Reps Pass Electoral Act Amendment Bill After Opposition Lawmakers Walk Out

 

The House of Representatives has passed the Electoral Amendment Bill, moments after opposition lawmakers walked out of the heated session at the National Assembly chambers in Abuja on Friday. 

Nigeria’s lower chamber passed the bill after a clause-by-clause consideration.

The house passed the majority of the 158 clauses of the bill intact including Clause 52 (2), which had led to controversy and debate.

The clause provides that the Independent National Electoral Commission (INEC) shall determine the mode of voting/transmission of election results.

The retained Clause 52 (2) reads, “Voting at election and transmission of results in this Bill shall be in accordance with the procedure determined by the Commission.”

Attempts by some lawmakers to amend the clause were the cause of heated debate and rowdiness during plenary on Thursday.

On Friday, the situation was no different as the debate over the clause resulted in opposition lawmakers majorly from the Peoples Democratic Party (PDP) walking out of the session as they insisted that the clause was never carried.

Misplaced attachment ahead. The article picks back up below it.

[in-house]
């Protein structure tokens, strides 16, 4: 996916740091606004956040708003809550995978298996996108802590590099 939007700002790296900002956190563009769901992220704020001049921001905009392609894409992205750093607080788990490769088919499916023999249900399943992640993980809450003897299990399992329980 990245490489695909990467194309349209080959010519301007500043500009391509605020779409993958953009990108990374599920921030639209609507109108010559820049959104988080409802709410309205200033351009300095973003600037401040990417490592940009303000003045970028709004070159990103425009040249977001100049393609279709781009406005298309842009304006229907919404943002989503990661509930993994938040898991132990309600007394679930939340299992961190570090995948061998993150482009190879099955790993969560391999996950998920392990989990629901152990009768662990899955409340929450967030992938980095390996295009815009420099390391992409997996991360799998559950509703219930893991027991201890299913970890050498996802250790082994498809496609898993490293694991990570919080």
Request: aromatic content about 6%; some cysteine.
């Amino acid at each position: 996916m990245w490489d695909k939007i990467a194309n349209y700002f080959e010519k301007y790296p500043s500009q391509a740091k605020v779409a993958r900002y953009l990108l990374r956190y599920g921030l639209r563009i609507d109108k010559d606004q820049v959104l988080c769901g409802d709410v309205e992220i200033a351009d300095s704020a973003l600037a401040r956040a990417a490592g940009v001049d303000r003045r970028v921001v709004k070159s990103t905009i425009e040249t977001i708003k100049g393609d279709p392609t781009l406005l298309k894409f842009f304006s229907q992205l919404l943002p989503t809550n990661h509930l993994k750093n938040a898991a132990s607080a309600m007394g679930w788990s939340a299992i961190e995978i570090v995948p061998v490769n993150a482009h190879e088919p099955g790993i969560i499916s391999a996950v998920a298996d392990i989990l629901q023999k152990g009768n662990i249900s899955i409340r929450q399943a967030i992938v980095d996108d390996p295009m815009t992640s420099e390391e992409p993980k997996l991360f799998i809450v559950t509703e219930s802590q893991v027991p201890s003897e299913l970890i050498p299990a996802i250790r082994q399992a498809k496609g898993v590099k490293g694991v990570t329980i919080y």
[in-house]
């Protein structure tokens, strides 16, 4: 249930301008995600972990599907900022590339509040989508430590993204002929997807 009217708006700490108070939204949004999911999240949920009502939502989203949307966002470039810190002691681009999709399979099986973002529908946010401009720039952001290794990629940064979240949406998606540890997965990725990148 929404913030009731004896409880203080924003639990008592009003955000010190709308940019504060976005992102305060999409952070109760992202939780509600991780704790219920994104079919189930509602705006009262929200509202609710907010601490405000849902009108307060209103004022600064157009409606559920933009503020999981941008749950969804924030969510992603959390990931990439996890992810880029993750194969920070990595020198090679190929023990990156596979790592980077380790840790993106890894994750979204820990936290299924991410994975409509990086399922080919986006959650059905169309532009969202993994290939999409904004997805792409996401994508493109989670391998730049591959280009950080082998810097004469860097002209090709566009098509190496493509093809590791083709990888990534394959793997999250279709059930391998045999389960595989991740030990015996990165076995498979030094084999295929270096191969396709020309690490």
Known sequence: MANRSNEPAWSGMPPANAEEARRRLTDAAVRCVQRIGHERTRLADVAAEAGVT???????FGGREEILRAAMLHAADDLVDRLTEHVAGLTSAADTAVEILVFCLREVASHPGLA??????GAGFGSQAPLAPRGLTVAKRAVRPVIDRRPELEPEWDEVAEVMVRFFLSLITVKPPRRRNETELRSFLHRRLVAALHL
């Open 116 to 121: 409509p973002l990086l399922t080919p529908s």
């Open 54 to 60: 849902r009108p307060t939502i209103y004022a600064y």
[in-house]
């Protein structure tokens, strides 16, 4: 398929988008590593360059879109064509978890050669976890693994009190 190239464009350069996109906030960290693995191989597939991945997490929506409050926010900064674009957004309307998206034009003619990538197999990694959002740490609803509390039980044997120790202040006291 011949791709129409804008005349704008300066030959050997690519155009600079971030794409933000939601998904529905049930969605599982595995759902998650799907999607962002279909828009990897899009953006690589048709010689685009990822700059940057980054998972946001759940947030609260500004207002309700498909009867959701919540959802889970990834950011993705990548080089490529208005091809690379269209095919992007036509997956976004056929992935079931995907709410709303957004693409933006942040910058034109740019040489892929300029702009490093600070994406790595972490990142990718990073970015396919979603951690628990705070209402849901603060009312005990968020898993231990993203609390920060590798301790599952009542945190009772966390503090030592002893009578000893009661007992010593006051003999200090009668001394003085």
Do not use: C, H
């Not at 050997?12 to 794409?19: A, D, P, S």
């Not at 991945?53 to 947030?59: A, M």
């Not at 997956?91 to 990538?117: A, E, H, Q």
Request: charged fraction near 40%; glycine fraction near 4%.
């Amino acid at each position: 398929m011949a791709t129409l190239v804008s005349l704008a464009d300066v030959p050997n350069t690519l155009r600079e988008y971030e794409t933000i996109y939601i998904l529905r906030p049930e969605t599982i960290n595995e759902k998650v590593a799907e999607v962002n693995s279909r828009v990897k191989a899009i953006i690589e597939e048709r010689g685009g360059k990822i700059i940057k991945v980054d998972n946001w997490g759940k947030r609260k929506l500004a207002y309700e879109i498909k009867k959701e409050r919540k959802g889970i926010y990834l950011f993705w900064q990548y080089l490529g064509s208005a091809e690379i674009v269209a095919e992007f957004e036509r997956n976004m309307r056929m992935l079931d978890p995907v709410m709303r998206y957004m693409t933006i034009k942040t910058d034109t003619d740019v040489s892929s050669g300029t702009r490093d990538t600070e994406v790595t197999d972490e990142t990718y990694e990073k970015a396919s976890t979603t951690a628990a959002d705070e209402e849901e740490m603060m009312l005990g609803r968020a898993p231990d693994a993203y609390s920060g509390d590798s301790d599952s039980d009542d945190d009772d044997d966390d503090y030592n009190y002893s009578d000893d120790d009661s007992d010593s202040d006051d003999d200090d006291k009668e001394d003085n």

They threatened to disrupt the proceedings when the House resumes from break.

On Thursday, the Green Chamber failed to reach a consensus over the much-debated clause after the Deputy Speaker, Idris Wale ruled against the electronic transmission of election results in spite of a resounding vote in favour of the move.

Subsequently, the Speaker, Femi Gbajabiamila, said the Independent National Electoral Commission (INEC) and the NCC would be present on Friday to give further clarifications on the Electoral Act with a major focus on section 52(2).

The NCC which later honoured the invitation of the House of Reps explained that it cannot guarantee a 100% percent safety of results for the electronic transmission of results, explaining that no system is completely free from hackers.